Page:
As James R. Mills points out in the “Editor’s Note” that precedes his novel, Pontius Pilate was not a major figure in Roman history. During the reign of Tiberius Caesar, Pilate was appointed governor of Judea, Samaria, and Idumea by the emperor’s chief prefect, Lucius Aelius Sejanus. Pilate held that post for ten years. However, after the aging Tiberius turned on Sejanus, denounced him, and had him and his entire family executed, Pilate became vulnerable. Eventually he was arrested on a charge of murder by his new superior, Lucius Vitellius, and sent to Rome to be tried before Caligula, the successor of Tiberius. The outcome of that trial was not recorded, though according to tradition, Pilate was found guilty and exiled to Gaul, where he later drowned himself.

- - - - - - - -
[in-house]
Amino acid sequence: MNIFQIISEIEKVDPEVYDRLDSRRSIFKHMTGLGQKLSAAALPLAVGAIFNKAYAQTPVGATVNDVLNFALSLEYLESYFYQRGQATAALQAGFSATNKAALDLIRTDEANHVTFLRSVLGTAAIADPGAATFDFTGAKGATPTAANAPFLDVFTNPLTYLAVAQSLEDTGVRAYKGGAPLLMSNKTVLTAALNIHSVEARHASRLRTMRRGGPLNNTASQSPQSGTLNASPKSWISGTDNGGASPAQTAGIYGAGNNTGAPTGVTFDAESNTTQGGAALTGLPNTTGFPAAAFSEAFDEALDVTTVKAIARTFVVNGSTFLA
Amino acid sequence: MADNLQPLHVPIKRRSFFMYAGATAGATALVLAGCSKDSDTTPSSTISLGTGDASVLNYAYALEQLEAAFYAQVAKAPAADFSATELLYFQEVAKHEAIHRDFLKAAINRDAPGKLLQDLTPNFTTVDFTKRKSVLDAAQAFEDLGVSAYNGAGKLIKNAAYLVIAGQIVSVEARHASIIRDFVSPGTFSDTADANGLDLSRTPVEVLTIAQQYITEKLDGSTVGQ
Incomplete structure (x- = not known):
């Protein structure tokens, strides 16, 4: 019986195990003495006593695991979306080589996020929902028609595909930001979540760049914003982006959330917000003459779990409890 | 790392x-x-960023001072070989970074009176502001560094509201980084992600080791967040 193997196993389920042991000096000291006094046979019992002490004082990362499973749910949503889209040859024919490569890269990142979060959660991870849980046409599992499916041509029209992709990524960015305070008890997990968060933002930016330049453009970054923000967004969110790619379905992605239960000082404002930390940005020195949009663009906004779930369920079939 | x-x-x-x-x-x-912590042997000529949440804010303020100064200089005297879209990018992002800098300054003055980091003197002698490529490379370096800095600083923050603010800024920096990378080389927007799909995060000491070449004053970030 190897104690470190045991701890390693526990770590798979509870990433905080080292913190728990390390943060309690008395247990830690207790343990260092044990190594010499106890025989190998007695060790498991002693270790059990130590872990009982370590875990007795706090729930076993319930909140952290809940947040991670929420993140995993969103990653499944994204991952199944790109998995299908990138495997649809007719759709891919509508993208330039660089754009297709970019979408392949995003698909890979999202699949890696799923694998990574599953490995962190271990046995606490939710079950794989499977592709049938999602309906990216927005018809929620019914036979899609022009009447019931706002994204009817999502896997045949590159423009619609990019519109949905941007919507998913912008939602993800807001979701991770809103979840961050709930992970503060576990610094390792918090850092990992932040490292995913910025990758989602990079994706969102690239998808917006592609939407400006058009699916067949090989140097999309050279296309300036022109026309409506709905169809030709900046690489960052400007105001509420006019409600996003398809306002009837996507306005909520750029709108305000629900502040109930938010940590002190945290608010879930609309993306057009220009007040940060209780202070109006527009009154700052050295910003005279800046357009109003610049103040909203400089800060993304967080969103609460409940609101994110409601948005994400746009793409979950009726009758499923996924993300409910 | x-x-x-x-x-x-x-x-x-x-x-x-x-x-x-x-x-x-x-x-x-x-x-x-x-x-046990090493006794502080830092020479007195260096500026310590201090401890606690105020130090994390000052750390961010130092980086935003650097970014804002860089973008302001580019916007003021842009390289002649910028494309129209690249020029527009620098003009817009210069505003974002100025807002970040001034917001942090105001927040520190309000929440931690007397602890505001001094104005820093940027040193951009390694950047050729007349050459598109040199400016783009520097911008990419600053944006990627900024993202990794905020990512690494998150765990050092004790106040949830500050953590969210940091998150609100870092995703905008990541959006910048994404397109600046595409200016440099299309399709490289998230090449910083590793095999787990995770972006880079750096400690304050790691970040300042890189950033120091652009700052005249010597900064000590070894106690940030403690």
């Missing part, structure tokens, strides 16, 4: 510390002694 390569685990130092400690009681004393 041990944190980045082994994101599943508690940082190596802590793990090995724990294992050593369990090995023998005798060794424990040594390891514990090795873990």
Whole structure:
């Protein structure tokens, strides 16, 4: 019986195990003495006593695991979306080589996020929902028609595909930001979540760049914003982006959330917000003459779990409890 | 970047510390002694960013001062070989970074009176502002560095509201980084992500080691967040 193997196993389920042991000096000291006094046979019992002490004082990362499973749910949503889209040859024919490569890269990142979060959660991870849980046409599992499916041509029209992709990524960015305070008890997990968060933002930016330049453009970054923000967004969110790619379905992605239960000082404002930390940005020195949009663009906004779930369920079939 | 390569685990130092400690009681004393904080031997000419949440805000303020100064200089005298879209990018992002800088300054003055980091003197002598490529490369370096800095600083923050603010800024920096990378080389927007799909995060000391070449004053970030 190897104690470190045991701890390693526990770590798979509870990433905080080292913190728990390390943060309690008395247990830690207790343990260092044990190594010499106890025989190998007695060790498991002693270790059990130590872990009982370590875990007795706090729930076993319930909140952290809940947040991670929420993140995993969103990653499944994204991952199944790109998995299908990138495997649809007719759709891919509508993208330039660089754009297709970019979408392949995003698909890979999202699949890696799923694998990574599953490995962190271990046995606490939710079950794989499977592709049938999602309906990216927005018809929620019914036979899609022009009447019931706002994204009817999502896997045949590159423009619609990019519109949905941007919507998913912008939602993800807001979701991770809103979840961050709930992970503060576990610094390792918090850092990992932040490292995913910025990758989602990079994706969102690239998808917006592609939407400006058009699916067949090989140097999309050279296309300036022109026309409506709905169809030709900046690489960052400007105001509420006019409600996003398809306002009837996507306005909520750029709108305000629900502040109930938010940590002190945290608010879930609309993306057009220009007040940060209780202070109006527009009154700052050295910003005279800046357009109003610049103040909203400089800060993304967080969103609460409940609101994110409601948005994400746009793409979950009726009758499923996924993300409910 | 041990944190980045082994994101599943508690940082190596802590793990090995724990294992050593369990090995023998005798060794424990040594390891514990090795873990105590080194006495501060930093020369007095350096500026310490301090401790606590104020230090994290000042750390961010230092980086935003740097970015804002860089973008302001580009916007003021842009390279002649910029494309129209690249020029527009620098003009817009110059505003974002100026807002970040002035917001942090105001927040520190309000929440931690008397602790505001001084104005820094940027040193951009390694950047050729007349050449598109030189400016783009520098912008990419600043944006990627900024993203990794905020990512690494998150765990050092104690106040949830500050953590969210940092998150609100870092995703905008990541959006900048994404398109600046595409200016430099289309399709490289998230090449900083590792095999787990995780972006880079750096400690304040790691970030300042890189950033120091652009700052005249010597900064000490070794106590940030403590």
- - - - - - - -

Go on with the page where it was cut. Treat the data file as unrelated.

Pontius Pilate is now remembered only because of his involvement in the death of Jesus Christ. In the Gospels, Pilate is shown as an indecisive man, superstitious enough to be swayed by his wife’s premonitions but too timorous to chance a political misstep. Mills chose to take a different approach to the question of Pilate’s character. In his novel, he imagines how Pilate would have seen his situation and how he would have remembered the Jewish prophet he allowed to be crucified. As a historian, Mills understands the political environment in which these events took place; as a Christian, he believes that Pilate must have been at least profoundly stirred by his encounter.
Except for the brief “Editor’s Note,” which sums up the historical facts, Memoirs of Pontius Pilate is a first-person narrative, written by Pilate in his later years. In the “Prologue,” Pilate explains that during his long years of exile, he has often thought about Jesus of Nazareth, and with Nero now resolved to exterminate the Christians, it seems even more important to tell the carpenter’s story. This section is followed by the “Introduction,” excerpted from a history of modern Palestine that Pilate began at the suggestion of his wife but laid aside after her death. Pilate’s comments on...
(The entire section is 848 words.)